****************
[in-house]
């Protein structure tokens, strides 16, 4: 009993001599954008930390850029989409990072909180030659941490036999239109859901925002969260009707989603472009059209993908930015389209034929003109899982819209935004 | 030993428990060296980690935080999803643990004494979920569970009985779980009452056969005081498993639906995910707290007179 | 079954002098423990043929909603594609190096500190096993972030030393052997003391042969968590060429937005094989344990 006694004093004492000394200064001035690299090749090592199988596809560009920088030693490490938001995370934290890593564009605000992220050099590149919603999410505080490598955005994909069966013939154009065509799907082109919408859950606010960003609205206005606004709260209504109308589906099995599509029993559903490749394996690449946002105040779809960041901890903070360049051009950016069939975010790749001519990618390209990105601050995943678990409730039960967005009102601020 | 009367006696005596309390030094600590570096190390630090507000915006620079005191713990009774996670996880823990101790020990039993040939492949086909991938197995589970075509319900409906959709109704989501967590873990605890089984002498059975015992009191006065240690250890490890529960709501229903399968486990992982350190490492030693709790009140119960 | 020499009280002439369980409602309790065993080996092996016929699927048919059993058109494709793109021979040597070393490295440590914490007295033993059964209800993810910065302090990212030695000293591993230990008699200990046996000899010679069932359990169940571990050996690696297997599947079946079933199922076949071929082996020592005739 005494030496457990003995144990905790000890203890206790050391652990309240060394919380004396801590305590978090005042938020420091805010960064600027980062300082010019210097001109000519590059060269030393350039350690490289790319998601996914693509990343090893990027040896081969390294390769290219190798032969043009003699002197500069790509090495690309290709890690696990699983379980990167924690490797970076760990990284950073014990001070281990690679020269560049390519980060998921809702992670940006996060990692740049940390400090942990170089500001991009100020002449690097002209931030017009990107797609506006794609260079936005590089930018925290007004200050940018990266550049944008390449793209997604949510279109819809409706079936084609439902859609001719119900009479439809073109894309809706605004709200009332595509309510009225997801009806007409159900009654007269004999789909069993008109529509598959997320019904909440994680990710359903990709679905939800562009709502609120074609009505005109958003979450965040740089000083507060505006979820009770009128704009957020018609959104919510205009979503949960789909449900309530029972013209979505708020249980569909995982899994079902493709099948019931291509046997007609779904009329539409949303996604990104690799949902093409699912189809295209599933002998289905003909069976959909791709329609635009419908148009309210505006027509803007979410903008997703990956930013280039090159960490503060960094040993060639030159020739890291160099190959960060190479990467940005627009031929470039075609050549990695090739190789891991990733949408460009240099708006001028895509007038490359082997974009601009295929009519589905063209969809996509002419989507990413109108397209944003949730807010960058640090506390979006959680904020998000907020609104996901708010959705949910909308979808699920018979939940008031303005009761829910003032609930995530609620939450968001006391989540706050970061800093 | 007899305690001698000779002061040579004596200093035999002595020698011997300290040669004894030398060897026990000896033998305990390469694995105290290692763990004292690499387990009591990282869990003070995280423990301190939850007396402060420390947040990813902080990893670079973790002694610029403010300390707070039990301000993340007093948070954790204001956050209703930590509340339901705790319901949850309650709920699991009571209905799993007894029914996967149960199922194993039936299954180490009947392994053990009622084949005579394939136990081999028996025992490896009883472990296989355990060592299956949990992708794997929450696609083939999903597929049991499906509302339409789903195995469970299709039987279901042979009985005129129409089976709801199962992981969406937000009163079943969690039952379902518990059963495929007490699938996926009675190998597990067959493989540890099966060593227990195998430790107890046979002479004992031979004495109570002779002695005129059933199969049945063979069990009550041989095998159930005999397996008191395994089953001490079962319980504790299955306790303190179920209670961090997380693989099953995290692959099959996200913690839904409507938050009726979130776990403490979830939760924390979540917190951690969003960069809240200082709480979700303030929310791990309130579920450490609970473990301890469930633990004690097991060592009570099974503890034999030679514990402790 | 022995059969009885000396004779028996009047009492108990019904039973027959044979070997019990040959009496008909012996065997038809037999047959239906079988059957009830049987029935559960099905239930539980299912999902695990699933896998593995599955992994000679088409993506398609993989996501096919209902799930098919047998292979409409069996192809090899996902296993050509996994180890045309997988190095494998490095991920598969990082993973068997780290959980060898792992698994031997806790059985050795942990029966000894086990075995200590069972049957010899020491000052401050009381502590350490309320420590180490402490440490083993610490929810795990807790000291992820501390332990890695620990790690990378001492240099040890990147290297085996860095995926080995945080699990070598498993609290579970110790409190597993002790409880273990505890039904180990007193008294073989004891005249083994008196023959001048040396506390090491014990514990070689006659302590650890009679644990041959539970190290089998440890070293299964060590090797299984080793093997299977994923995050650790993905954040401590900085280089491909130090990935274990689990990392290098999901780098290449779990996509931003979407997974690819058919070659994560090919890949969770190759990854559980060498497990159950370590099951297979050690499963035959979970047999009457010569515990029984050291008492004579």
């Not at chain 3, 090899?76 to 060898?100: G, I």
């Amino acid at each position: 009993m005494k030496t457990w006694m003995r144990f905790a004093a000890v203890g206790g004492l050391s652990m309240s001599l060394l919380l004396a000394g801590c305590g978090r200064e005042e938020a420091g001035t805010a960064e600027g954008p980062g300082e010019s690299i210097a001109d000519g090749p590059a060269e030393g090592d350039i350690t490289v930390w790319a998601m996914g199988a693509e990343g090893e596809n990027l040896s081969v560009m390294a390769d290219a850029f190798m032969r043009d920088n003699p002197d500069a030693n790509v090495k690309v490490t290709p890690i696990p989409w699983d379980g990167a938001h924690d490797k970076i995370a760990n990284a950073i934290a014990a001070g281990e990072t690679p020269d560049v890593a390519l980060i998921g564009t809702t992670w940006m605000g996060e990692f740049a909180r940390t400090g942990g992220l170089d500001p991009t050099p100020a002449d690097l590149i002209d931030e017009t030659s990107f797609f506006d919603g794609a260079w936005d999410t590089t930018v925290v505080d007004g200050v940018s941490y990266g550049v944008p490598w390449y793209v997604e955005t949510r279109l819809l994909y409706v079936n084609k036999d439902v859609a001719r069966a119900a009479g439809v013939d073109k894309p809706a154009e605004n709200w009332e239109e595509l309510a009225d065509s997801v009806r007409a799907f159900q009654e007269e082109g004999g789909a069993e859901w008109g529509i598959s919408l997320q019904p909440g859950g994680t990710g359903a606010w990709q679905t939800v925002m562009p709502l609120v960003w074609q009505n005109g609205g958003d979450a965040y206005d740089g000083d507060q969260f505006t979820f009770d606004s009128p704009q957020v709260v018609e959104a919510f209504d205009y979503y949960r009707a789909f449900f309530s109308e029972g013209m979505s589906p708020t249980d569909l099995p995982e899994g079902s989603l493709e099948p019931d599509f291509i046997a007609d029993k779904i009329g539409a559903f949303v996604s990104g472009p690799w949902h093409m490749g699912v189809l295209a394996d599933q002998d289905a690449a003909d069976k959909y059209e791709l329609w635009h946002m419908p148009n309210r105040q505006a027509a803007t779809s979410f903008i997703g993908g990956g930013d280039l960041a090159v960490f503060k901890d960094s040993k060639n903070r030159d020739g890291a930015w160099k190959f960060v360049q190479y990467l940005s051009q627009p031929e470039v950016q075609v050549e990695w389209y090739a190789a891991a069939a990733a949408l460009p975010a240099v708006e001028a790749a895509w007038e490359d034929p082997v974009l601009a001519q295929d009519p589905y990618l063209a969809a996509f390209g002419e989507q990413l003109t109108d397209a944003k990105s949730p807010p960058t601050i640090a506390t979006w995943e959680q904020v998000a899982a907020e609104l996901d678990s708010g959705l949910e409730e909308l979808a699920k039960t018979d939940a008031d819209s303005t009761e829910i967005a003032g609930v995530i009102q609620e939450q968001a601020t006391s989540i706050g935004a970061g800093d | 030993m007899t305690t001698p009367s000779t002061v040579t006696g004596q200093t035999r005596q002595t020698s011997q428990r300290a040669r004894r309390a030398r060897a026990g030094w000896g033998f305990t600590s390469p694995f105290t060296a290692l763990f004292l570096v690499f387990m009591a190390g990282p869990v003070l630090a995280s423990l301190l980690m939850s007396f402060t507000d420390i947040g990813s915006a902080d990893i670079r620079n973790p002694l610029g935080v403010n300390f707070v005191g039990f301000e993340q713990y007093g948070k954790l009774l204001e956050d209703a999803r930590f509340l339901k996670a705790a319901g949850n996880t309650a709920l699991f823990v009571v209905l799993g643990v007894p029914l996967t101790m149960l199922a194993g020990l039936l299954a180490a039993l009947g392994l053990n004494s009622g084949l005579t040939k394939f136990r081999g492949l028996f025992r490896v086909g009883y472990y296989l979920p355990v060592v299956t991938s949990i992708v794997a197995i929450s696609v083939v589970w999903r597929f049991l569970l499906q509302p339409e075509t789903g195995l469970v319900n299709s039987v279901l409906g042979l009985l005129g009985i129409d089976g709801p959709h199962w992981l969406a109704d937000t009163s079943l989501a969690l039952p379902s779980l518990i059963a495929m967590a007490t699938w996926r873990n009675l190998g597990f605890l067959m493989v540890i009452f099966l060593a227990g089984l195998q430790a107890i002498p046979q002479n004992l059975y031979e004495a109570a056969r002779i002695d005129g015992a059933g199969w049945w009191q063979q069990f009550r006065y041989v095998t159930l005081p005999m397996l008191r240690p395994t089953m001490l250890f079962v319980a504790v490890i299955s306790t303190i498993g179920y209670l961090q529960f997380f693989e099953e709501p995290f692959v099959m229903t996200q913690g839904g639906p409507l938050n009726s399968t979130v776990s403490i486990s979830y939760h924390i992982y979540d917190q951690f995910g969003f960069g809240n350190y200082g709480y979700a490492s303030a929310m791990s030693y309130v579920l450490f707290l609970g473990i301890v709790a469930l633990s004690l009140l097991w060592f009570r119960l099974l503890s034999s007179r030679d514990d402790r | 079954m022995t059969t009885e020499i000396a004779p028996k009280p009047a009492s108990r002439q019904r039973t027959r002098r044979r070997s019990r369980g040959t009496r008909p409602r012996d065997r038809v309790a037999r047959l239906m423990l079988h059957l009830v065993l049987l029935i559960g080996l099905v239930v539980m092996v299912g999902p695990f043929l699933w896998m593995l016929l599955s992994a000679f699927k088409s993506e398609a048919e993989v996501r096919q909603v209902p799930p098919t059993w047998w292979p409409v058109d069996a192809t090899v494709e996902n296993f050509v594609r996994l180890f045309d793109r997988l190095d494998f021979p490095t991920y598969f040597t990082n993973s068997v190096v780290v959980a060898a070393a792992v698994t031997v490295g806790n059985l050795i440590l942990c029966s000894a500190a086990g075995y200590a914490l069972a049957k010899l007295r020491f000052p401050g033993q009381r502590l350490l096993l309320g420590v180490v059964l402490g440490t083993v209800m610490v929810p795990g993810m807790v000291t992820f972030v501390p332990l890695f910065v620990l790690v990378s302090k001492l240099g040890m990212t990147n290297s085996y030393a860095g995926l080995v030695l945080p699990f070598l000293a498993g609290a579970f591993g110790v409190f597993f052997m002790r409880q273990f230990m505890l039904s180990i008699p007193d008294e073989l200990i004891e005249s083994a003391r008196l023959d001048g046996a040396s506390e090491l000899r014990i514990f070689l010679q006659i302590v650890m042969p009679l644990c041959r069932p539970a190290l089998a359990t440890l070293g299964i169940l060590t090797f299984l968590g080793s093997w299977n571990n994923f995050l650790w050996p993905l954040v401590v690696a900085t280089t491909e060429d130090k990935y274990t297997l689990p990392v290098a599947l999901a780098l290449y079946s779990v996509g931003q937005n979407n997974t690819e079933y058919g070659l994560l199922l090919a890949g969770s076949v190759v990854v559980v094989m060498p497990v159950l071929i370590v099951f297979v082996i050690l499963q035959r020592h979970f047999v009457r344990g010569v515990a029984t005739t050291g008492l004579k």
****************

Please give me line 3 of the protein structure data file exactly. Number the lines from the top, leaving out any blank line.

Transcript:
């Not at chain 3, 090899?76 to 060898?100: G, I």